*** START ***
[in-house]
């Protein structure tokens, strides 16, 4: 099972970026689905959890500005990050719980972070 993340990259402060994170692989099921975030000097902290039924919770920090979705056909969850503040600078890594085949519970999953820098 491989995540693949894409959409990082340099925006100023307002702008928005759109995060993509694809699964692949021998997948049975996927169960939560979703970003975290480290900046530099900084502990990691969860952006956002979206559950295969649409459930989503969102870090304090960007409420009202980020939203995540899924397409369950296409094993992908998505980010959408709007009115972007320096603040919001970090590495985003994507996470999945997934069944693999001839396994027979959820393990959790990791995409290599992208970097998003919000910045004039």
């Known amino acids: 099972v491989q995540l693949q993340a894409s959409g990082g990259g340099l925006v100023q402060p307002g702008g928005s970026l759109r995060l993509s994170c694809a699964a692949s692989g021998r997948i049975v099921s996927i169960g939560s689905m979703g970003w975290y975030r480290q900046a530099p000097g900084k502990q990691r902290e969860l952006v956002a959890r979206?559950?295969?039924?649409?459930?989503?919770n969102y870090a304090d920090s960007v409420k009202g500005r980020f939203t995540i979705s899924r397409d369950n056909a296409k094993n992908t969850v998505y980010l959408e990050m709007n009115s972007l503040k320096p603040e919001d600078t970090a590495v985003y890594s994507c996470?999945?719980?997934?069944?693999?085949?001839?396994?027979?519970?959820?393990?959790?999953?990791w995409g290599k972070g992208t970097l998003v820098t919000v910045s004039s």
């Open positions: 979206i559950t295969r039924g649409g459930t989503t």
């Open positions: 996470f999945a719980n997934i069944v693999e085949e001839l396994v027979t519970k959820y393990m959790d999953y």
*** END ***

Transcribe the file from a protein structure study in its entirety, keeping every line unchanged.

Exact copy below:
[in-house]
């Protein structure tokens, strides 16, 4: 099972970026689905959890500005990050719980972070 993340990259402060994170692989099921975030000097902290039924919770920090979705056909969850503040600078890594085949519970999953820098 491989995540693949894409959409990082340099925006100023307002702008928005759109995060993509694809699964692949021998997948049975996927169960939560979703970003975290480290900046530099900084502990990691969860952006956002979206559950295969649409459930989503969102870090304090960007409420009202980020939203995540899924397409369950296409094993992908998505980010959408709007009115972007320096603040919001970090590495985003994507996470999945997934069944693999001839396994027979959820393990959790990791995409290599992208970097998003919000910045004039």
């Known amino acids: 099972v491989q995540l693949q993340a894409s959409g990082g990259g340099l925006v100023q402060p307002g702008g928005s970026l759109r995060l993509s994170c694809a699964a692949s692989g021998r997948i049975v099921s996927i169960g939560s689905m979703g970003w975290y975030r480290q900046a530099p000097g900084k502990q990691r902290e969860l952006v956002a959890r979206?559950?295969?039924?649409?459930?989503?919770n969102y870090a304090d920090s960007v409420k009202g500005r980020f939203t995540i979705s899924r397409d369950n056909a296409k094993n992908t969850v998505y980010l959408e990050m709007n009115s972007l503040k320096p603040e919001d600078t970090a590495v985003y890594s994507c996470?999945?719980?997934?069944?693999?085949?001839?396994?027979?519970?959820?393990?959790?999953?990791w995409g290599k972070g992208t970097l998003v820098t919000v910045s004039s």
């Open positions: 979206i559950t295969r039924g649409g459930t989503t």
């Open positions: 996470f999945a719980n997934i069944v693999e085949e001839l396994v027979t519970k959820y393990m959790d999953y």